The Blue Lagoon is one of the major tourist attractions in Iceland. It is a man-made geothermal spa, the byproduct of the geothermal power plant close by that harnesses the earth’s heat for power. The water averages 99-102 °F, giving bathers a unique, relaxing experience. There are a number of these hot springs located around the country due to Iceland’s frequent volcanic activity. However, Blue Lagoon is the best known, and best kept, with lots of amenities on site.
Over 1 million people visit the lagoon yearly, and you can visit for a few hours, or choose to stay overnight at one of the two hotels. There is also a spa on-site, which offers dining, private change rooms, massage treatments, and skincare.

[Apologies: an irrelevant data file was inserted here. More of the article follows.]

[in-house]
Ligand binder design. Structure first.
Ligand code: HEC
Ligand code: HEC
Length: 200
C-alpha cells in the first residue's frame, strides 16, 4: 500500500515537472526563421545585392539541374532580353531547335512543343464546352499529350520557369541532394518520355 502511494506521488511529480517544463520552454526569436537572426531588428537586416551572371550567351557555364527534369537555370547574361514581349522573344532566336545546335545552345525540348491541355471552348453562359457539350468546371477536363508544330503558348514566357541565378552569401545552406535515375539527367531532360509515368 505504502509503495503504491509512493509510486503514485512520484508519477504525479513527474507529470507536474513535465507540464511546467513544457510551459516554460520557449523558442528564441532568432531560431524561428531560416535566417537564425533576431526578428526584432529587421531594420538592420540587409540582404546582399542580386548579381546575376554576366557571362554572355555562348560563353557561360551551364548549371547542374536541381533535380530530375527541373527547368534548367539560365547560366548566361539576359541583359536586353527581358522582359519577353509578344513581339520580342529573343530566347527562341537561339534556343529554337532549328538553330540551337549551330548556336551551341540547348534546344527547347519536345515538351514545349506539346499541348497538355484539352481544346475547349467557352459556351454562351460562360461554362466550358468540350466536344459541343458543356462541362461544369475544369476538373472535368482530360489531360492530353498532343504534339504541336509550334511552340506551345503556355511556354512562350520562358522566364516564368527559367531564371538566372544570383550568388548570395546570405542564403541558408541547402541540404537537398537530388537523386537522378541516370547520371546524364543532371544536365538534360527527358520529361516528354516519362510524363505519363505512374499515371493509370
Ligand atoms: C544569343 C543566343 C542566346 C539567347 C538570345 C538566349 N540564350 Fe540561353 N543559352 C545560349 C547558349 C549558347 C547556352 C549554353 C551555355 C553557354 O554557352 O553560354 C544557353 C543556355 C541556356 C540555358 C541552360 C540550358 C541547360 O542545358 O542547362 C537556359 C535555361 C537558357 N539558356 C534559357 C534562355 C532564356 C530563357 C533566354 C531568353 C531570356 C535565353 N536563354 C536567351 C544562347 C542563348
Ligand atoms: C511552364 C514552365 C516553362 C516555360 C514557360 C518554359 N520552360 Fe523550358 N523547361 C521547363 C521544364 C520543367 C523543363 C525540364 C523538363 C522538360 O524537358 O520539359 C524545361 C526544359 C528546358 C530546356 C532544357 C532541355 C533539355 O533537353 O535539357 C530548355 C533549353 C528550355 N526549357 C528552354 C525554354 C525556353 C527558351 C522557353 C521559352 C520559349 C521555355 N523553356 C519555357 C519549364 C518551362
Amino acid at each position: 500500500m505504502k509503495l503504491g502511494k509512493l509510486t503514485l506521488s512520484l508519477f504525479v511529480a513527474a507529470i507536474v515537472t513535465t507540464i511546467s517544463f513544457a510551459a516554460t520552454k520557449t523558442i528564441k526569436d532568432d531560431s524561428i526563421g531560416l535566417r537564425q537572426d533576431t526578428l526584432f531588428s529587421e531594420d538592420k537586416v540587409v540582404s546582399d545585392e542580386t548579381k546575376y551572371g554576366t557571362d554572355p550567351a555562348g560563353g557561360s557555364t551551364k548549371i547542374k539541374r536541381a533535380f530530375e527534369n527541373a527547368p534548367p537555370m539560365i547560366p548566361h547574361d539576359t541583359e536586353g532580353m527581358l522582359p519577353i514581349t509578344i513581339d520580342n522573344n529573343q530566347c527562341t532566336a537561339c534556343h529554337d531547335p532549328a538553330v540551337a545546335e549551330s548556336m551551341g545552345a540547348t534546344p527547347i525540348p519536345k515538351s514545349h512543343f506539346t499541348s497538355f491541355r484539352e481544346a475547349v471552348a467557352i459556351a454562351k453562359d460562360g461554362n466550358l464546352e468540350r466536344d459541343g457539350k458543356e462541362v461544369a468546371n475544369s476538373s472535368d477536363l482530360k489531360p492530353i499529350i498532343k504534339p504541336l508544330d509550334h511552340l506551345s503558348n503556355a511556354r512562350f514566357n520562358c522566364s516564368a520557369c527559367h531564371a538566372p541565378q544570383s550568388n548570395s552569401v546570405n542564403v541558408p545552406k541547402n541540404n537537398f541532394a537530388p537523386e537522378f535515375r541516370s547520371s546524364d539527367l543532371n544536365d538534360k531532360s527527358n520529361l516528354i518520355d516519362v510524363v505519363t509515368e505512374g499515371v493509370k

Blue Lagoon’s stunning blue water comes from the high silica mud content in the water. The water and mud are said to have healing properties, and the spot has become popular for psoriasis sufferers. You can scoop the mud right up from the edge of the pool, and use it on your face. Because of the high salt content, the water is very clean and does not need to be artificially disinfected. While some algae grow in the water, no bacteria can reproduce.
If you visit Blue Lagoon during the winter, you may be lucky enough to catch a glimpse of the Northern Lights. Summer is the most popular tourist season, so you will need to buy your tickets a few days in advance. You can also purchase tickets that include the bus from the airport, or you can rent a car.
On-site, you will find lockers, and everyone must shower prior to going into the lagoon. Make sure you pin your hair up or use conditioner, otherwise the salt will damage your hair. Children under the age of 8 must use arm floats, and all children under 13 are free if they are with a paying adult. Children must be over the age of 2 to visit.